To date, sources aware of the situation say the Braves have so far been more aggressive than the Mets when it comes to signing free-agent RHP Zack Wheeler.
It's their contention the Mets are more likely to let Wheeler walk and instead sign a reliable, consistent, veteran starting pitcher to join their rotation.
MLB people I know all expect Wheeler to field multiple offers of five years and $100 million.
If Wheeler will give a hometown discount to stay in Queens and play it safe, I can see him and the Mets finding common ground with, say, a four-year, $70 million deal. However, if Wheeler wants top dollar, I expect he'll be using the away team's clubhouse next time he plays at Citi Field.
That said, if Brodie Van Wagenen is truly looking for a veteran, reliable, consistent starting pitcher that is likely to accept a one- or two-year deal, the following four candidates should be on his list...
If for no other reason than to make Ted Berg smile, the Mets should sign Hamels, who insiders predict will eventually sign a two-year contract for at least $20 million. Reuniting with the Phillies or joining the rival Nationals or Braves seems to be a more likely outcome, though.
Nevertheless, he has thrown more than 140 innings every season since 2006. Unfortunately, he's throwing fewer and fewer innings each start. When on the mound, though, his performance has been super steady.
I just can't get away from him averaging 5.2 innings, though. And, while he's known for making double digit starts every year of his career, the fact that he was shut down due to shoulder fatigue at the end of last season makes it seem like he's ripe for a breakdown.
Steamer projections for 2020 have him producing 2.2 WAR and tossing his typical 170 innings. However, if his age and that shoulder issue result in him missing several starts for the first time in his career, that will erase the entire point of signing him.
I'd leave this one up to my statistics and baseball systems department. If they see evidence he has another year or two in him, I'd make him a competitive pitch.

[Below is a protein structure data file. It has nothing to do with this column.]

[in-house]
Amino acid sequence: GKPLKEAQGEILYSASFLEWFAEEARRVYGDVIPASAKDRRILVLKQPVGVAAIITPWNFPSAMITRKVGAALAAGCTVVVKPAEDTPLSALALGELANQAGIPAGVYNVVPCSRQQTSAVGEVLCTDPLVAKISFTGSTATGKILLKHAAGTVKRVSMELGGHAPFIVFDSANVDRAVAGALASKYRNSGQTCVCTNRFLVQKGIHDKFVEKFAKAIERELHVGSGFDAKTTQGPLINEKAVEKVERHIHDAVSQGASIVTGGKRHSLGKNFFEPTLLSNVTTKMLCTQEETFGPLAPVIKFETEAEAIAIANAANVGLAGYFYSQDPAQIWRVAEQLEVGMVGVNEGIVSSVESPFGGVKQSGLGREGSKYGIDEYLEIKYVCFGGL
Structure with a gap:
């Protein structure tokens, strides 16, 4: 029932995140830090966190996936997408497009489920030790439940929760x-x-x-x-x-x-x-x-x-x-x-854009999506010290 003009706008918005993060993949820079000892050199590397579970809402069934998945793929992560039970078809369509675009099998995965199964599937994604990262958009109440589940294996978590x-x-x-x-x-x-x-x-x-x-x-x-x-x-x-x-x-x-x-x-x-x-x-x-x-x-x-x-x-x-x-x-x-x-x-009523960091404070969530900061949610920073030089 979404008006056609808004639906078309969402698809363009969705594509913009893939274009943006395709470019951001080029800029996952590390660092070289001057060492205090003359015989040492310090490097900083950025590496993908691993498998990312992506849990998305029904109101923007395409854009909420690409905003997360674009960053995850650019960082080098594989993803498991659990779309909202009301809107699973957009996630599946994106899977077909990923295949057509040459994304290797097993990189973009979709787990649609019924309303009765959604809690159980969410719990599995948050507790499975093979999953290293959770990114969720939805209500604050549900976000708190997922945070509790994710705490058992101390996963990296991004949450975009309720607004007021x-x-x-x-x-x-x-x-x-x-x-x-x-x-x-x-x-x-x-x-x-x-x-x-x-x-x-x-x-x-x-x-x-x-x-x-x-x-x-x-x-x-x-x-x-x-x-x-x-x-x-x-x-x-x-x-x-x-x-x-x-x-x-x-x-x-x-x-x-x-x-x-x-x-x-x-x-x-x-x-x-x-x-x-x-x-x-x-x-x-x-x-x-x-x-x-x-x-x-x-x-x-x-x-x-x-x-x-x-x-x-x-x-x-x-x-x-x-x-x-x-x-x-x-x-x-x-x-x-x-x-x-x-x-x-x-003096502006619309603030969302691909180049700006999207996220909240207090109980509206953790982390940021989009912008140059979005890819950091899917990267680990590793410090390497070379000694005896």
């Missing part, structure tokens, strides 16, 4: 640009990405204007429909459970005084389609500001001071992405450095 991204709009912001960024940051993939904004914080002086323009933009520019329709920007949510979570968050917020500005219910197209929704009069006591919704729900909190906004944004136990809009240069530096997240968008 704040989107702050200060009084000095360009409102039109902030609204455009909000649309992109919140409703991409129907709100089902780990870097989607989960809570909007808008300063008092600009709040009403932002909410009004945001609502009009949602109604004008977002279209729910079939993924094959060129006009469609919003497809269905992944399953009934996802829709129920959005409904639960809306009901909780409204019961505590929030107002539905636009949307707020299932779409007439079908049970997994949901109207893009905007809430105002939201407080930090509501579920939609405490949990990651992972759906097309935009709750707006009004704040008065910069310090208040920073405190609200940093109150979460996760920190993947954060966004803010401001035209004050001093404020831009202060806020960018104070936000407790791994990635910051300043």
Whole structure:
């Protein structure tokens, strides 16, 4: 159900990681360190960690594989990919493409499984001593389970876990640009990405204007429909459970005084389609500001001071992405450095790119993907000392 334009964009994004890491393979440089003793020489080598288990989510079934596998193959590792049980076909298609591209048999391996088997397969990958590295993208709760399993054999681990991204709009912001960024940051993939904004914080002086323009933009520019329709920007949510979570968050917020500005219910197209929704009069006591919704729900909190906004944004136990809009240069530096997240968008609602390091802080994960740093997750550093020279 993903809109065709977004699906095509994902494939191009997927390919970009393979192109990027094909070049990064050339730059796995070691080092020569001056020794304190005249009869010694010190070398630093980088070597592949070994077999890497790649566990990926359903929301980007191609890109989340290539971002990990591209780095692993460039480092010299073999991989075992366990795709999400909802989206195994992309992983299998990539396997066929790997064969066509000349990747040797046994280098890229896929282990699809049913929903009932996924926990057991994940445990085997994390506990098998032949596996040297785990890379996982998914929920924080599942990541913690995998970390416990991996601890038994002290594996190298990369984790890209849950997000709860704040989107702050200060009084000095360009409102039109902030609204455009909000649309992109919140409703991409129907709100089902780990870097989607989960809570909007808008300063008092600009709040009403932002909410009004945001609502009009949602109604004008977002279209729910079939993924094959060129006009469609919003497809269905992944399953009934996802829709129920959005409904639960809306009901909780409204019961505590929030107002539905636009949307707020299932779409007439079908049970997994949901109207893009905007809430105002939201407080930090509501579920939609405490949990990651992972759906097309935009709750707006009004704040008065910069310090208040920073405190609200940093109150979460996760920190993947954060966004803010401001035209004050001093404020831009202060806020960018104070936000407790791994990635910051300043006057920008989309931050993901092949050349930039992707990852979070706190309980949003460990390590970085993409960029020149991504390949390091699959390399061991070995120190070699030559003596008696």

Otherwise, let him go to one of the other NL East teams.
Insiders predict he'll end up taking the most money for one year in hopes of rebuilding his value and tackling the free agent market again next winter. This feels right in line with what the Mets are said to have in mind for this spot on the roster.
What's more, at 32 years old, Porcello has started at least 28 games during each of the past nine seasons, during which he's made 281 starts, which trails only Max Scherzer, Justin Verlander and Jon Lester.
Since winning the Cy Young Award in 2015, he's consistently been a two-WAR starting pitcher.
Along those lines, FanGraphs' Steamer projections for 2020 have him again producing just shy of 2.0 WAR and tossing more than 180 innings, which would be the perfect addition to a rotation that includes Jacob deGrom, Marcus Stroman, Noah Syndergaard and Steven Matz.
I'm slightly concerned with his fly-ball and home run rates, but it's also possible these numbers will be helped by going from Boston and Fenway in the American League to Citi Field in the National League.
Among this class of pitchers, Porcello is my top choice. He is the definition of an affordable, low-commitment, reliable, consistent, veteran starting pitcher.
Insiders predict he'll get multiple one- to two-year offers worth around $10 million a season.
He has thrown at least 165 innings three of the previous four seasons. This is encouraging, though it's worth noting he's thrown fewer and fewer innings each of those four years.
Roark returned to giving up a ton of home runs toward the end of the 2019 season, which is something that plagued him early in his career with the Nationals. Nevertheless, at 1.5 WAR and 174 innings, which is what FanGraphs projects for his 2020, he'd fit in fine for the Mets as a fifth starter.
Roark is intriguing, but I'd much prefer Porcello or Hamels.
The 33-year-old Nova, who spent 2019 with the White Sox, has made the 13th-most starts in baseball during the past four seasons. He also has the league's third-best walk rate during the same time frame. This is important because he also has the third-worst strikeout rate and gives up a lot of home runs.
He's the perfect signing for a team like the Mets that may be looking for a lot of cheap innings and the potential for an unexpected hot streak.
There have so far been several teams rumored to have interest in Nova, including the Marlins, who this season are required by the CBA to increase payroll.
The Steamer projections for 2020 have him producing 1.1 WAR, but for some reason only tossing 138 innings, which would be his lowest total since 2015.
He's a good fit for the Mets and I'd take him if nothing else materializes by the end of the winter. However, I think Van Wagenen can spend more and has a legit shot at signing someone better.